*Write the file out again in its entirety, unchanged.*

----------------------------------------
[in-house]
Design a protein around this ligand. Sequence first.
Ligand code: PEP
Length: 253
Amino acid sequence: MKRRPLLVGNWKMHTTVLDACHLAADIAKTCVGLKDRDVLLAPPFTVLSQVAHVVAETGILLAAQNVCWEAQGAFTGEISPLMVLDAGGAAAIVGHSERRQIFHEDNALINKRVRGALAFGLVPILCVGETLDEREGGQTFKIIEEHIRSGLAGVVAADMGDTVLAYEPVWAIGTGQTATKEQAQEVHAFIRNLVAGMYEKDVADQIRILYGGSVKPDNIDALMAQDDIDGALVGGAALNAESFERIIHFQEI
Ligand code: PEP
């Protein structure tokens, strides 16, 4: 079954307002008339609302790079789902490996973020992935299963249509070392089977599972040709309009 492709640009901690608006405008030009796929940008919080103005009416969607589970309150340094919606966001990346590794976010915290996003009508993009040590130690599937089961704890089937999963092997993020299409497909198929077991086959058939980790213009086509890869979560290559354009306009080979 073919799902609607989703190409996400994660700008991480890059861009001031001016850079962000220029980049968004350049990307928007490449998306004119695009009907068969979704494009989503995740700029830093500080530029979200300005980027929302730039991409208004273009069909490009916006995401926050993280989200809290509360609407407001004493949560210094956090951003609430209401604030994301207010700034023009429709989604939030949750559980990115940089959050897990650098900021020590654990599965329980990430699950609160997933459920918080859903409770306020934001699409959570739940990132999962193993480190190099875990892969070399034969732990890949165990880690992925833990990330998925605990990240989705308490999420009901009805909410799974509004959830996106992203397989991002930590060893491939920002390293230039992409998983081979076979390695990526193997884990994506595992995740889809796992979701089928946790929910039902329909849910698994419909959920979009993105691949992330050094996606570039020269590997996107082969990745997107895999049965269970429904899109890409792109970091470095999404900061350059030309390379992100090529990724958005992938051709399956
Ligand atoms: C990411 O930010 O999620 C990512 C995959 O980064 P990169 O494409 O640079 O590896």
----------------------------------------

[in-house]
Design a protein around this ligand. Sequence first.
Ligand code: PEP
Length: 253
Amino acid sequence: MKRRPLLVGNWKMHTTVLDACHLAADIAKTCVGLKDRDVLLAPPFTVLSQVAHVVAETGILLAAQNVCWEAQGAFTGEISPLMVLDAGGAAAIVGHSERRQIFHEDNALINKRVRGALAFGLVPILCVGETLDEREGGQTFKIIEEHIRSGLAGVVAADMGDTVLAYEPVWAIGTGQTATKEQAQEVHAFIRNLVAGMYEKDVADQIRILYGGSVKPDNIDALMAQDDIDGALVGGAALNAESFERIIHFQEI
Ligand code: PEP
């Protein structure tokens, strides 16, 4: 079954307002008339609302790079789902490996973020992935299963249509070392089977599972040709309009 492709640009901690608006405008030009796929940008919080103005009416969607589970309150340094919606966001990346590794976010915290996003009508993009040590130690599937089961704890089937999963092997993020299409497909198929077991086959058939980790213009086509890869979560290559354009306009080979 073919799902609607989703190409996400994660700008991480890059861009001031001016850079962000220029980049968004350049990307928007490449998306004119695009009907068969979704494009989503995740700029830093500080530029979200300005980027929302730039991409208004273009069909490009916006995401926050993280989200809290509360609407407001004493949560210094956090951003609430209401604030994301207010700034023009429709989604939030949750559980990115940089959050897990650098900021020590654990599965329980990430699950609160997933459920918080859903409770306020934001699409959570739940990132999962193993480190190099875990892969070399034969732990890949165990880690992925833990990330998925605990990240989705308490999420009901009805909410799974509004959830996106992203397989991002930590060893491939920002390293230039992409998983081979076979390695990526193997884990994506595992995740889809796992979701089928946790929910039902329909849910698994419909959920979009993105691949992330050094996606570039020269590997996107082969990745997107895999049965269970429904899109890409792109970091470095999404900061350059030309390379992100090529990724958005992938051709399956
Ligand atoms: C990411 O930010 O999620 C990512 C995959 O980064 P990169 O494409 O640079 O590896």